Finding a way to transfer the pattern took three days. Wool is a dense and fuzzy fabric. If you looked at it under a microscope it would look like a thick forest. Imagine a light snow falling on a dense forest, then a great wind picking up. That's what it was like trying to get anything, anything to adhere to it. Long story short, I finally tried a white charcoal pencil. Whatever the contents of the marker is, it seemed to stick to the wool long enough for me to work around the markers. I sized the embroidery pattern on plain paper, then with a sharpest tiny scissors I had, I cut out bits of the lines to make a stencil. Placing the paper stencil on the wool, I lightly scrubbed in the white charcoal tip until I had a mark for placement of the vines, flowers, buds and centers. I did sections of this in four stages. I free handed the entire process in lazy daisy, straight stitch and French knots. I can't begin to tell you how many French knots I made, but I'm an expert at French knots now. And, wool is a pretty good fabric to embroider on since it doesn't stretch out of shape. Two weeks.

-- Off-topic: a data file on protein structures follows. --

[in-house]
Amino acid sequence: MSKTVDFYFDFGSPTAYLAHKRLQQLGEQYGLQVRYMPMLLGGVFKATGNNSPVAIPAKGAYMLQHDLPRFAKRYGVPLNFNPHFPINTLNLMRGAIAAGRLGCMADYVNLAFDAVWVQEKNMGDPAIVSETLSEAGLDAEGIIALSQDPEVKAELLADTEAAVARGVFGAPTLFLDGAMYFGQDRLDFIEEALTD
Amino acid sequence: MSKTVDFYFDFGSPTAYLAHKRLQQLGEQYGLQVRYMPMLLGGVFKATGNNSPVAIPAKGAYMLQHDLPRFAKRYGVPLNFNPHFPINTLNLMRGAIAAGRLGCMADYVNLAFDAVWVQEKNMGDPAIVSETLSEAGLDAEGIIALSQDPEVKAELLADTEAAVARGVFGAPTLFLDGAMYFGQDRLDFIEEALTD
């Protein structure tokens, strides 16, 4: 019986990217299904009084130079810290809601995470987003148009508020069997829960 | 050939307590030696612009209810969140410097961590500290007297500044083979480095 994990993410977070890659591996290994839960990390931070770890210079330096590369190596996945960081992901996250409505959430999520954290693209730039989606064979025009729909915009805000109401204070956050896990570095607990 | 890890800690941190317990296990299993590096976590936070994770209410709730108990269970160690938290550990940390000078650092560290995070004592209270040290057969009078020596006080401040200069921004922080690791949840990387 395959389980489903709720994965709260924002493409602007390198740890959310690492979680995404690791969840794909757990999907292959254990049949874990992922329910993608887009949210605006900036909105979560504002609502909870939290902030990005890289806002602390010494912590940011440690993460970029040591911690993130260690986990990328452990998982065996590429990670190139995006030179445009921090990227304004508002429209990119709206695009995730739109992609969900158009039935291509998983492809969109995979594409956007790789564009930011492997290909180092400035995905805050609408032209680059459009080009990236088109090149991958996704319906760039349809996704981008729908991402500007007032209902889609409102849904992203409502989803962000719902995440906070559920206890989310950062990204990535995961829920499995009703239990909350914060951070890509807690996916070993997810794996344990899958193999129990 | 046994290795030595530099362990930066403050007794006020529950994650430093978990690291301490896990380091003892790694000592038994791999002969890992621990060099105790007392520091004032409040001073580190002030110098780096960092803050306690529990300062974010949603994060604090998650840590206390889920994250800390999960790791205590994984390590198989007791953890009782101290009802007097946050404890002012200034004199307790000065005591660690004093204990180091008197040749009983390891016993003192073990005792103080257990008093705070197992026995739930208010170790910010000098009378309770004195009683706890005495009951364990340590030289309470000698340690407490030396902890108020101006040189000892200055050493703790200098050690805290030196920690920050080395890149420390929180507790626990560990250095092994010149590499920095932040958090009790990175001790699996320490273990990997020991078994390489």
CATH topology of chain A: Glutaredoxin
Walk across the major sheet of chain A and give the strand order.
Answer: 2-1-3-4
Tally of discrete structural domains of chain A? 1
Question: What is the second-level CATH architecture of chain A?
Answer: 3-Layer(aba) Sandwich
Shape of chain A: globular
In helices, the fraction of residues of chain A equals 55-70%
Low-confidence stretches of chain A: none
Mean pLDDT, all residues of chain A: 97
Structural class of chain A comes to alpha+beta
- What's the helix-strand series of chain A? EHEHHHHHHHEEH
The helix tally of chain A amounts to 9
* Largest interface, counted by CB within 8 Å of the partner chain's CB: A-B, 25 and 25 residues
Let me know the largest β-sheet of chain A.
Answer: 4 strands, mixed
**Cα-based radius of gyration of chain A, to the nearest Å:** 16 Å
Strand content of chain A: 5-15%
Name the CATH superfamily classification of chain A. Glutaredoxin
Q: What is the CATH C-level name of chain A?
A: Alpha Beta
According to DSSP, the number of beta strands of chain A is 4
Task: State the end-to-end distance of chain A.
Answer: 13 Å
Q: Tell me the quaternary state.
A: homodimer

But, before I even began the embroidery, I made the hem ribbon. This is a double-sided silk, with two rows of picot trim, top and bottom. I gave enough length to the top of the skirt to make sure it wouldn't be too short when sewn onto the bodice. A row of the same navy picot trim edges the sleeves.
The pattern for the dress was easy. It is exactly the same pattern as the Walking Costume. I did widen the sleeves and bodice slightly to accommodate the thickness of the wool. Very important to remember! I also split the front of the bodice down the center and made a seam to represent the dress in the illustration. Tiny yellow silk bows run down the front from a doubled and ruffled yellow collar. I don't even want to talk about the collar. Me and collars! The bane of my existence.